The context of this extraordinary piece of advice is a ‘Consensus statement on conscientious objection in healthcare’, issued by a group of fifteen philosophers and bioethicists. It builds on a long campaign by one of them, Julian Savulescu, to ban from the public health system doctors and nurses who conscientiously object to performing certain procedures, such as abortion and euthanasia (reported in the August 25 edition of the Sydney Morning Herald beneath the headline ‘Bioethicist calls for a ban on doctors’ conscientious objection’).
The essence of the document’s reasoning is contained in its opening paragraph:
“Healthcare practitioners’ primary obligations are towards their patients, not towards their own personal conscience. When the patient’s wellbeing (or best interest, or health) is at stake, healthcare practitioners’ professional obligations should normally take priority over their personal moral or religious views.”
That states the issue in exactly the wrong way. The opposition “patient’s interest” versus “personal conscience” is a false one, because the conscientious objectors take a different view of what is in the patient’s best interest, and they have reasons for doing so. Like any doctors, they are motivated by a desire to help patients. They believe that the procedures they refuse to perform are destructive of the patients’ interests, sometime destructive of the patients themselves. So they refuse to perform those operations. To contrast their concern for patients with “personal moral or religious views” is to wilfully misunderstand their motivations.
In the present environment, as codified in documents such as the Australian Nursing and Midwifery’s policy on conscientious objection, health professionals who object do not have an easy time but their position, in theory, is protected from retribution. The “consensus document” criticises the present “cost-free environment” and proposes the imposition of sanctions. That is where the demand that objecting doctors should compensate society by “providing public-benefitting services” comes in. They should also face tribunals to “test the sincerity, strength and the reasonability of healthcare practitioners’ moral objections”. Hiring authorities should be able to favour non-objecting doctors.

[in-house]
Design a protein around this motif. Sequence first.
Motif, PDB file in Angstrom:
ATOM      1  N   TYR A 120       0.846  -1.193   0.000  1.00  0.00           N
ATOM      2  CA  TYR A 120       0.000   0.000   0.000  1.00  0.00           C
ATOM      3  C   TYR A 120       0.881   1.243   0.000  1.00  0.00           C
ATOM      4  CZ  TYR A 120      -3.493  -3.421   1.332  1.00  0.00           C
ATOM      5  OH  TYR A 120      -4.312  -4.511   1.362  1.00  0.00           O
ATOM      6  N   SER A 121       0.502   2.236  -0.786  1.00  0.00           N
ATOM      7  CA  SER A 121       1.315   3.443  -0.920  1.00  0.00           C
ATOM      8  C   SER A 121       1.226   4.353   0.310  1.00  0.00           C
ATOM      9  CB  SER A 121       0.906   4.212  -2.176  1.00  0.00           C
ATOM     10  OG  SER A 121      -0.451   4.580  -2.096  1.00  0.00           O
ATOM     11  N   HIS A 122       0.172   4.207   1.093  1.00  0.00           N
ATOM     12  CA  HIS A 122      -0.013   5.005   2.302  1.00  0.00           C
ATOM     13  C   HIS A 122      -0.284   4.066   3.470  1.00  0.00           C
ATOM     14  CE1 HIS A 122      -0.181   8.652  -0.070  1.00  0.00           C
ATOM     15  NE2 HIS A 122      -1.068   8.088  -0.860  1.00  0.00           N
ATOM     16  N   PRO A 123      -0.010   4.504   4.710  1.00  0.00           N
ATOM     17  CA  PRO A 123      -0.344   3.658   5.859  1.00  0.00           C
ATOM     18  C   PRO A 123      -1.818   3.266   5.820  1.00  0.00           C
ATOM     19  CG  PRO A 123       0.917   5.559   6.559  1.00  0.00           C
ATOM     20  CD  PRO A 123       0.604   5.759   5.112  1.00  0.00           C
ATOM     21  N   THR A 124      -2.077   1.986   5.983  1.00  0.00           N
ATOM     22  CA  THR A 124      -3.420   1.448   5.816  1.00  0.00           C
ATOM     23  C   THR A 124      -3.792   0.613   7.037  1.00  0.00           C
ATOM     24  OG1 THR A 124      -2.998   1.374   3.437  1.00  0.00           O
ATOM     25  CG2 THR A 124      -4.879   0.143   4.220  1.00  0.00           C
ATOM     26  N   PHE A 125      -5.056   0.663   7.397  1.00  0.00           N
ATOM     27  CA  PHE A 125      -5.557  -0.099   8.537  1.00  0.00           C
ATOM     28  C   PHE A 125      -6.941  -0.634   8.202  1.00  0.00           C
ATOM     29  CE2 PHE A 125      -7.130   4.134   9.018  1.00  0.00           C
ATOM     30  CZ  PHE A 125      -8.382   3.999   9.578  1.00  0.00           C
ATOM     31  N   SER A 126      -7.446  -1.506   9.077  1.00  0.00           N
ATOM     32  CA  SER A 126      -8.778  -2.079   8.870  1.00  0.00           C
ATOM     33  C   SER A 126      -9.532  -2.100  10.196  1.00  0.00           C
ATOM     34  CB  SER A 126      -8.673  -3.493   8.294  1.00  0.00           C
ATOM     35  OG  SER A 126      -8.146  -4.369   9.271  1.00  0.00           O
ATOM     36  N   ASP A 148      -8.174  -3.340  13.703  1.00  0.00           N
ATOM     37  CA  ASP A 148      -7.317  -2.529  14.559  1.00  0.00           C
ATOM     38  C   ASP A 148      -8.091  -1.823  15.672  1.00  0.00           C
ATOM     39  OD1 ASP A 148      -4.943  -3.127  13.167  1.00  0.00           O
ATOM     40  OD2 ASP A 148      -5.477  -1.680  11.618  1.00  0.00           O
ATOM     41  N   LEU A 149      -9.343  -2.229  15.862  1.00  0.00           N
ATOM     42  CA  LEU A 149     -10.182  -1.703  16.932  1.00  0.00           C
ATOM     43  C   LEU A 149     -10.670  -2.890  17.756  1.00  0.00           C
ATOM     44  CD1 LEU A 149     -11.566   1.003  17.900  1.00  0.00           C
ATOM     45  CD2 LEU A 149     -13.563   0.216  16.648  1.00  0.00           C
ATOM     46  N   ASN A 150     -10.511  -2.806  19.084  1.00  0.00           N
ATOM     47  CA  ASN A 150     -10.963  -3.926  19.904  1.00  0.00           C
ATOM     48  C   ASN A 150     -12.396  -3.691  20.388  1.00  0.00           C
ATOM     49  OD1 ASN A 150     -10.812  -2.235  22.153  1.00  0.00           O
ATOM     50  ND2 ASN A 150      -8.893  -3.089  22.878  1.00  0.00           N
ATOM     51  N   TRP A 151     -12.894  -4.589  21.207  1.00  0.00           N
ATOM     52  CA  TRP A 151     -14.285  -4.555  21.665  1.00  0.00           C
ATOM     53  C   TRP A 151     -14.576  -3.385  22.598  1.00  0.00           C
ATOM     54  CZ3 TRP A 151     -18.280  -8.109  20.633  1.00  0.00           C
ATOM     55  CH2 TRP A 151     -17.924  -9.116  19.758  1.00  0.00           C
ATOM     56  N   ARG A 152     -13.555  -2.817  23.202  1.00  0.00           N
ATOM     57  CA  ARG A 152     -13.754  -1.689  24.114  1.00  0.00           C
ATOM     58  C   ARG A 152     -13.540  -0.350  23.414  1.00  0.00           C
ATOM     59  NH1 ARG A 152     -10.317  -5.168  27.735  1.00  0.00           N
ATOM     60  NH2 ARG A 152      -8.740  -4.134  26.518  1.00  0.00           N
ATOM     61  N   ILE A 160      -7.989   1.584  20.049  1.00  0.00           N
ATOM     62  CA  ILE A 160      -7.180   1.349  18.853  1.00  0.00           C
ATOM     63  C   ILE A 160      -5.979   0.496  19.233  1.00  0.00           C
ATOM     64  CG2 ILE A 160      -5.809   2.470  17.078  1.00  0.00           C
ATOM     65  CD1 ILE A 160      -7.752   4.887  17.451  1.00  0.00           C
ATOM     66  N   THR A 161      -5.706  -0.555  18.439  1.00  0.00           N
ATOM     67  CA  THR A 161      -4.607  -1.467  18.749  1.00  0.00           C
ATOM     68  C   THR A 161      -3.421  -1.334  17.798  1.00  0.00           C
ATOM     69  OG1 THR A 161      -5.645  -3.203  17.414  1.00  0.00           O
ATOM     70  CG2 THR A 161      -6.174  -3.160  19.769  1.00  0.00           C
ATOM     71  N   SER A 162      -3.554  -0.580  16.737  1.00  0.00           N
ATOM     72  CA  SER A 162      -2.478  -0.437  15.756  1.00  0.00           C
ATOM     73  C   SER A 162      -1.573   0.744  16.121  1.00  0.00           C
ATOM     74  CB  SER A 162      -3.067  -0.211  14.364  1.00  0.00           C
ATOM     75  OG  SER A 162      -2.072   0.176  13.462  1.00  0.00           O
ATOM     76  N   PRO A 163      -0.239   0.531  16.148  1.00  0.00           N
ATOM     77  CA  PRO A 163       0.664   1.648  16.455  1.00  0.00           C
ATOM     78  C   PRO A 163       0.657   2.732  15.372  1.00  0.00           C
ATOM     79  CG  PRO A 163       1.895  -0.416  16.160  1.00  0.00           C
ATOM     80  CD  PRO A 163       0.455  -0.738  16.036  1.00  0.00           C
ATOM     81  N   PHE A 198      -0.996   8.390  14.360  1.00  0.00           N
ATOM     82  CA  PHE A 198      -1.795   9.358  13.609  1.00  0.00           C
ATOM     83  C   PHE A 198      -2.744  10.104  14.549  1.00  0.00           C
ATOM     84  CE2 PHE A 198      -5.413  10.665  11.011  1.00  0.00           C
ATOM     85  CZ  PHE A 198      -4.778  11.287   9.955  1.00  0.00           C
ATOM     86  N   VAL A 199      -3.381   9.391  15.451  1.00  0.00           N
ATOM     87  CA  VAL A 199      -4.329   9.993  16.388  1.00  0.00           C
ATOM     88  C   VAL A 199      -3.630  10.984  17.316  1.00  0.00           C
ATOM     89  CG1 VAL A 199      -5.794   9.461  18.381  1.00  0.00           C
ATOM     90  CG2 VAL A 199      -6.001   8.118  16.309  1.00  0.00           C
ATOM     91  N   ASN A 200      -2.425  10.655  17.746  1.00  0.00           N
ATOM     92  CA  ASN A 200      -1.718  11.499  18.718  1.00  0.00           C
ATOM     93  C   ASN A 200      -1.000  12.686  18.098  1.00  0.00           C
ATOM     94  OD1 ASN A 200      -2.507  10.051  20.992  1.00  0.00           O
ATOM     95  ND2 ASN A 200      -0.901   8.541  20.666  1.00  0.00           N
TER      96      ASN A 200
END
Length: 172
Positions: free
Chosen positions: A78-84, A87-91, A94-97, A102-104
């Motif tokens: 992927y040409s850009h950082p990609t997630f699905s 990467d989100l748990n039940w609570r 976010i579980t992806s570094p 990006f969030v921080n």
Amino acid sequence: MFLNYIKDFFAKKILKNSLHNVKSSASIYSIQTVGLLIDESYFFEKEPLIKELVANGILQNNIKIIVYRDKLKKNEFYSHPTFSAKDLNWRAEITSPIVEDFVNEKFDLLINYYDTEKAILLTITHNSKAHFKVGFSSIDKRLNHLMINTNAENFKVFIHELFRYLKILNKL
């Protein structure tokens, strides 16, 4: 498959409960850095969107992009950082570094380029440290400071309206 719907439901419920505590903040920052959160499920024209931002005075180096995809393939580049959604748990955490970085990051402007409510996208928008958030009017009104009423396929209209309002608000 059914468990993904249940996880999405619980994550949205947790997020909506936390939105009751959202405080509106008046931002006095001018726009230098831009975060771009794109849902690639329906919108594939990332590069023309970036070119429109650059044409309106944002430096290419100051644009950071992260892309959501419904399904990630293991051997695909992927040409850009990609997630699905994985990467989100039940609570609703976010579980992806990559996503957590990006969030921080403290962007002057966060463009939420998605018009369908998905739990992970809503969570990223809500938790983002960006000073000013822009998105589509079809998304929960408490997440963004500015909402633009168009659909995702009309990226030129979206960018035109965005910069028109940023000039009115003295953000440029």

It is true that objectors should give some substantial reason for their refusal to perform procedures. “I don’t like it” or “It’s against my religion” won’t cut it. But everyone knows who the objectors mostly are – they are Catholics and other Christians who rely on a developed natural law philosophy of the intrinsic and irreducible worth of persons. It’s a debatable philosophy, but mere “personal belief” it isn’t. The reasons for it are public and long defended, and the tribunals that Savulescu demands to enforce conformity can consult the reasons instead of interrogating the recalcitrant doctors one by one.
The talk of tribunals and sanctions for “failure to fulfil professional obligations” prompted some excitable commenters on the blog post of the “Consensus Document” to reach for Nazi analogies. That is unhelpful, and in any case there are more contemporary analogies available that give an insight into why conscientious objection by doctors has its merits. Certain societies regard is as a professional obligation on doctors to perform genital mutilations; other societies, to remove usable organs from condemned “criminals”. Certain doctors object that those “obligations” conflict with the point of being a doctor, which is to benefit patients. Those doctors are given a hard time. It should not be allowed to happen here.
It would be easy to dismiss the group claiming a “consensus” as a crackpot fringe. Indeed, two of the signatories are Alberto Giubilini and Francesca Minerva, who created a stir in 2012 with their article defending “after-birth abortion”, whileSavulescu himself has advanced such “daring” theses as that it is morally obligatory to clone embryos for spare parts. Those ideas have not gained traction and are not likely to. But two of the other signatories are Jeanette Kennett, president of the Australasian Association of Philosophy, and Justin Oakley, for many years director of Monash University’s Centre for Human Bioethics. Savulescu is editor of the Journal of Medical Ethics. This is serious.
The “consensus document” ends with one last condescending piece of advice: “Healthcare practitioners should also be educated to reflect on the influence of cognitive bias in their objections.” (I am rational, you exhibit cognitive bias.) If the authors had engaged in some of that reflection themselves, they would not have so misrepresented the doctors they propose to bully.
James Franklin set up the Australian Database of Indigenous Violence